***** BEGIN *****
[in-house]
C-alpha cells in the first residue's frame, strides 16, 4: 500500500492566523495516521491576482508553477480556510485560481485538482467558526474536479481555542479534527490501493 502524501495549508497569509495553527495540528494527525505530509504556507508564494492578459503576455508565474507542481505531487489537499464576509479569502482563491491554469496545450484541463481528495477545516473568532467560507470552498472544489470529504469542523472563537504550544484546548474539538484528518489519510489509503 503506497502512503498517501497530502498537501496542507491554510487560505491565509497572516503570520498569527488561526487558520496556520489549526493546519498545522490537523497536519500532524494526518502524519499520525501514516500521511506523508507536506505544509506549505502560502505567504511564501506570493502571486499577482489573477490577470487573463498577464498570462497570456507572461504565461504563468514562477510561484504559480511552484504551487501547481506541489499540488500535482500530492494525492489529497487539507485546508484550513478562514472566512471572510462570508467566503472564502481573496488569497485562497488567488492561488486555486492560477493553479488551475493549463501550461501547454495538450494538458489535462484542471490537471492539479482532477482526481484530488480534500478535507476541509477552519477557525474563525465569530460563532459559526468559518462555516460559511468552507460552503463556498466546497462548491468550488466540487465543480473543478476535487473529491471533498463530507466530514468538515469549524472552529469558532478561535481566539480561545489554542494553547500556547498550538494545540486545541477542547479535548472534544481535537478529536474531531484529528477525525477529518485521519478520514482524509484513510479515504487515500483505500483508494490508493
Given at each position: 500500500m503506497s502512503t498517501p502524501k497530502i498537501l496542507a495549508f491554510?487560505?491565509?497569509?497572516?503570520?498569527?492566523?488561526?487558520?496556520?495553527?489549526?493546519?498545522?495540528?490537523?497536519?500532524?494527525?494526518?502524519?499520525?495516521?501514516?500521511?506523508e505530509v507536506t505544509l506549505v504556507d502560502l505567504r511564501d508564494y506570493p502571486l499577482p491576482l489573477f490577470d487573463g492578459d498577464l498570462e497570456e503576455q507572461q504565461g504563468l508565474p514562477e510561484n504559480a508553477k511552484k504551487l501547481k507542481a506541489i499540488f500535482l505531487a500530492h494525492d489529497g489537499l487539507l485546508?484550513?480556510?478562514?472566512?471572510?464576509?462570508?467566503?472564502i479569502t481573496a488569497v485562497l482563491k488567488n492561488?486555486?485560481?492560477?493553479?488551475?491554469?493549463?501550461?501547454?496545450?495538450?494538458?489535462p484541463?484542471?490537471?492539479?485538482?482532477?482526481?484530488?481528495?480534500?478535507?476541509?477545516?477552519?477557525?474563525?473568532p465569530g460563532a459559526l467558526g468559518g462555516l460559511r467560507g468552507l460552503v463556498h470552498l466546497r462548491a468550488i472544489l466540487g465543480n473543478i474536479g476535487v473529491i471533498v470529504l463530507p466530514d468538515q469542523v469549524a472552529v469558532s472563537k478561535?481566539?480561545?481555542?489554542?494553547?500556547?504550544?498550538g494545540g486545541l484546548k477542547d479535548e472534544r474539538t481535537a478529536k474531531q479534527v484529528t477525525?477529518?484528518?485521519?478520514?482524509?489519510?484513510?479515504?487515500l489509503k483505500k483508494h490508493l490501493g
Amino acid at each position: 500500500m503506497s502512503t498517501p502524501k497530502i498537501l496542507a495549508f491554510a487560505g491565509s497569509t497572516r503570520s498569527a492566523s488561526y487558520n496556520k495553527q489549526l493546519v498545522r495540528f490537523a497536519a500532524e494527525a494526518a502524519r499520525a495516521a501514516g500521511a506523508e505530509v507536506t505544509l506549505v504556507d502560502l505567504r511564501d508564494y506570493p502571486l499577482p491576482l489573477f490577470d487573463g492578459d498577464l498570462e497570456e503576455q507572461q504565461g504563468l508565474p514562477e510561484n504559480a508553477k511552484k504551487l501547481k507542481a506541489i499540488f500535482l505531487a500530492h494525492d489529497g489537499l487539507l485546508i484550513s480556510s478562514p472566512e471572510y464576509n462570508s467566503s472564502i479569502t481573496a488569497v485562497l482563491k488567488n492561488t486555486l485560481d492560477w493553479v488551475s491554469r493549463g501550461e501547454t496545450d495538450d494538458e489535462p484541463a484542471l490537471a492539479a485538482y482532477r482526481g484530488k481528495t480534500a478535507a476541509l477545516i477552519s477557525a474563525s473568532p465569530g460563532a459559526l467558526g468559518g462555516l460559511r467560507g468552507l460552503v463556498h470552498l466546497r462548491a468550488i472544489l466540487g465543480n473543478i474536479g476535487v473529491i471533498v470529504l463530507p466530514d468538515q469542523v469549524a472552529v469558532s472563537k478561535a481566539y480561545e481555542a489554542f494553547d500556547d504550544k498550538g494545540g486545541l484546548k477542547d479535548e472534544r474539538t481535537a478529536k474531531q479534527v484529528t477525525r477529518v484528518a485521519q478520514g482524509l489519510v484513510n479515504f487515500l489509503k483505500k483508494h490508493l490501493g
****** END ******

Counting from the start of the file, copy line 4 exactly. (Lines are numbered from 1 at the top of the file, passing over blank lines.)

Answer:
Amino acid at each position: 500500500m503506497s502512503t498517501p502524501k497530502i498537501l496542507a495549508f491554510a487560505g491565509s497569509t497572516r503570520s498569527a492566523s488561526y487558520n496556520k495553527q489549526l493546519v498545522r495540528f490537523a497536519a500532524e494527525a494526518a502524519r499520525a495516521a501514516g500521511a506523508e505530509v507536506t505544509l506549505v504556507d502560502l505567504r511564501d508564494y506570493p502571486l499577482p491576482l489573477f490577470d487573463g492578459d498577464l498570462e497570456e503576455q507572461q504565461g504563468l508565474p514562477e510561484n504559480a508553477k511552484k504551487l501547481k507542481a506541489i499540488f500535482l505531487a500530492h494525492d489529497g489537499l487539507l485546508i484550513s480556510s478562514p472566512e471572510y464576509n462570508s467566503s472564502i479569502t481573496a488569497v485562497l482563491k488567488n492561488t486555486l485560481d492560477w493553479v488551475s491554469r493549463g501550461e501547454t496545450d495538450d494538458e489535462p484541463a484542471l490537471a492539479a485538482y482532477r482526481g484530488k481528495t480534500a478535507a476541509l477545516i477552519s477557525a474563525s473568532p465569530g460563532a459559526l467558526g468559518g462555516l460559511r467560507g468552507l460552503v463556498h470552498l466546497r462548491a468550488i472544489l466540487g465543480n473543478i474536479g476535487v473529491i471533498v470529504l463530507p466530514d468538515q469542523v469549524a472552529v469558532s472563537k478561535a481566539y480561545e481555542a489554542f494553547d500556547d504550544k498550538g494545540g486545541l484546548k477542547d479535548e472534544r474539538t481535537a478529536k474531531q479534527v484529528t477525525r477529518v484528518a485521519q478520514g482524509l489519510v484513510n479515504f487515500l489509503k483505500k483508494h490508493l490501493g